5. Not all therapies are the same!

Many people do not know the difference between occupational therapy and physical therapy. While some of the areas of the body overlap between the 2 types, the main difference is the goal for each. Physical therapy does focus on the “big bones” or larger body parts, like legs, shoulders, hips and back, while occupational therapy is often more focused on the intricate movements and fine motor skills of the hands and wrist. In general, physical therapy also focuses on improving overall mobility, while the goal of occupational therapy is to enabling patients to complete daily activities that they find at home and in the workplace.

6. The different healthcare settings where you’ll find an Occupational Therapist:

Occupational therapy is not restricted to an independent clinic (like Motus); it can be found in many medical settings!

Clinic– In a typical outpatient clinic, patients come into the office for scheduled visits based on the physician prescription and therapist recommendations. They work on strength and conditioning to achieve a level of functionality prior to injury. Occupational therapy in this setting is either used post surgery or as a surgical alternative. The patient’s daily activities as well as their work setting are all factors when creating the proper treatment plan. Typically, a course of treatment can take place over 2-3 sessions a week for 4-6 weeks.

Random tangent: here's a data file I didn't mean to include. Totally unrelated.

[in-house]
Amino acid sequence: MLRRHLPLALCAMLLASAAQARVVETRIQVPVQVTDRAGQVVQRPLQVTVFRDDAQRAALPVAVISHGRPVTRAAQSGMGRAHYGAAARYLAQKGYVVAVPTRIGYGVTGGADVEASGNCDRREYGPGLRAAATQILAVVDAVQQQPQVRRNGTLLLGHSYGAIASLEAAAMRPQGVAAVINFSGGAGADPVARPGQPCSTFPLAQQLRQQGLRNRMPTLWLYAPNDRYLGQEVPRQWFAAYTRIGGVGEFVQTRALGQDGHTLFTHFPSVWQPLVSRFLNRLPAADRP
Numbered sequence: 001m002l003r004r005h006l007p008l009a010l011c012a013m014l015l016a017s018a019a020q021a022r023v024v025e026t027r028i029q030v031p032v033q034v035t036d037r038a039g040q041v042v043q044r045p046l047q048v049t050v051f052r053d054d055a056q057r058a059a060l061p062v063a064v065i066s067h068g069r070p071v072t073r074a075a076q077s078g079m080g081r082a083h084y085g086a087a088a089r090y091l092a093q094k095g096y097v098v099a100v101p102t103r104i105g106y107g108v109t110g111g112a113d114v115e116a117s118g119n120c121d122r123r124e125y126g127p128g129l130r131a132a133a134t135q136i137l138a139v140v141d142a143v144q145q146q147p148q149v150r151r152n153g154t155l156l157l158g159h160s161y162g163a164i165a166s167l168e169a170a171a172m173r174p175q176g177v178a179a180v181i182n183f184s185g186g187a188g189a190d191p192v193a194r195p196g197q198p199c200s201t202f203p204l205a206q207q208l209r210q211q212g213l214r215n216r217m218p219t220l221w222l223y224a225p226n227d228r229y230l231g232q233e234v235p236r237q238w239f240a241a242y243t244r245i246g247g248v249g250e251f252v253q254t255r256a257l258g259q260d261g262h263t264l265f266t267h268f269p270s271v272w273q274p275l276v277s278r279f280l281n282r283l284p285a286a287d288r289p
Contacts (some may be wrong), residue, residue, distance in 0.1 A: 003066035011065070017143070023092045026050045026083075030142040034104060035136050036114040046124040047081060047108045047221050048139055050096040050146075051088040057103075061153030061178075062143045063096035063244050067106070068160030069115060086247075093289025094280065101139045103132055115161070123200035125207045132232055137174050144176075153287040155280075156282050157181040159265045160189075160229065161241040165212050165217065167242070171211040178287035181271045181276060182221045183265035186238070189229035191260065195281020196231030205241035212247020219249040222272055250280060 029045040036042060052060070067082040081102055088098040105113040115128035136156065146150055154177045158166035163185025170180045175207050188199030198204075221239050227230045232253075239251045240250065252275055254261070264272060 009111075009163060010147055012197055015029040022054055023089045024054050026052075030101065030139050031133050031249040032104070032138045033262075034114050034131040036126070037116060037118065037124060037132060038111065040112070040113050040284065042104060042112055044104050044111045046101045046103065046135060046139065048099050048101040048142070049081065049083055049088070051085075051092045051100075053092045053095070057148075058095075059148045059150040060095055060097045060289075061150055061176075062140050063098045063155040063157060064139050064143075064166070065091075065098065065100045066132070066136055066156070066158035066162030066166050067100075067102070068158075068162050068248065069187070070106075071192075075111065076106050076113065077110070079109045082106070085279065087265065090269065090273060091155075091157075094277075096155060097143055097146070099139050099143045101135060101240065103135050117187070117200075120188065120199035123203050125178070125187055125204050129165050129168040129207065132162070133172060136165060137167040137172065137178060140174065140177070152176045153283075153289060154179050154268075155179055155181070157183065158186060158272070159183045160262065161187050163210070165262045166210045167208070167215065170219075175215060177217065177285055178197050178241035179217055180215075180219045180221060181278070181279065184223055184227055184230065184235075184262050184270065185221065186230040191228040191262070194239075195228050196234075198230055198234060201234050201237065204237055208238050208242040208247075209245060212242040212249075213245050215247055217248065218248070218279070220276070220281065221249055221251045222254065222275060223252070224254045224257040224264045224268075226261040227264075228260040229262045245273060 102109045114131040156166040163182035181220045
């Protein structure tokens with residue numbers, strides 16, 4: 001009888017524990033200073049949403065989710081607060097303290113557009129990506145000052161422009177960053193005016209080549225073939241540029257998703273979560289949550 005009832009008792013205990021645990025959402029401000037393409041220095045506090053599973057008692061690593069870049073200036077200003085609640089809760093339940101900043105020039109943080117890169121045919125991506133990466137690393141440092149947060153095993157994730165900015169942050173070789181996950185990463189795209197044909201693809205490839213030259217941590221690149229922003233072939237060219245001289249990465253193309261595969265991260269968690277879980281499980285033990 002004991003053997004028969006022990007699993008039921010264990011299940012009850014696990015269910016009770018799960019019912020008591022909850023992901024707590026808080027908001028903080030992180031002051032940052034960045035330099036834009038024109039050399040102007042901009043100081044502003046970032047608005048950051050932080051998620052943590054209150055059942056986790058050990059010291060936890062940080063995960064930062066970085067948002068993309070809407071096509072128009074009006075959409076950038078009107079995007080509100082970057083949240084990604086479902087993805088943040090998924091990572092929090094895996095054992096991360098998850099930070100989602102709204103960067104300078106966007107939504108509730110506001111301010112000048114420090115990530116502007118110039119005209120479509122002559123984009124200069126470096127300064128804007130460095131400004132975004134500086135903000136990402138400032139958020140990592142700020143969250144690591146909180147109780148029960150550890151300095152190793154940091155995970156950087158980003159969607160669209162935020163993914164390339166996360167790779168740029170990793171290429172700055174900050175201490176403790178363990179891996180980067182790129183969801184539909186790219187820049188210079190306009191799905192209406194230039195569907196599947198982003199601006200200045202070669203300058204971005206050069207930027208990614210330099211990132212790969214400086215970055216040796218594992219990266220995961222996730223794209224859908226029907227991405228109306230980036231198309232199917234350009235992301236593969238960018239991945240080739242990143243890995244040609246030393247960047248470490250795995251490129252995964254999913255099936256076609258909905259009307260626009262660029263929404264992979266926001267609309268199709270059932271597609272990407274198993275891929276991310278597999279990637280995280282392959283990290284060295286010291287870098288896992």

Hospital– In an inpatient, acute hospital setting, occupational therapy is used to help reach a certain level of function independent of the patient’s hospital diagnosis. Goals are quick, easy tasks to help the patient reach the ability to return home with or without assistance.

Rehabilitation/ Skilled Nursing– In an inpatient rehab or SNF setting, occupational therapists work with patients to achieve a greater level of functionality before returning home or to the next rehab facility. These goals focus on activities of daily living (ADLs), like being able to live at home alone with the ability to cook, clean and take care of themselves. These facilities often house the patient for several weeks at a time, making the therapy sessions longer, but with the ability to take things slow.

7. Occupational Therapy may also exist in your child’s school!

Did you know? Occupational therapists also exist within school systems! Often times, OTs and COTAs in schools not only help young students with fine motor skills and academic achievement, but also social skills, behavioral issues and recreational activities. They design programs unique to each student to emphasize their strengths and work on the areas where they need extra attention.

To learn more about our therapists, locations and therapy programs or to schedule an Occupational Therapy appointment, contact us on our website or call 833-GO-MOTUS.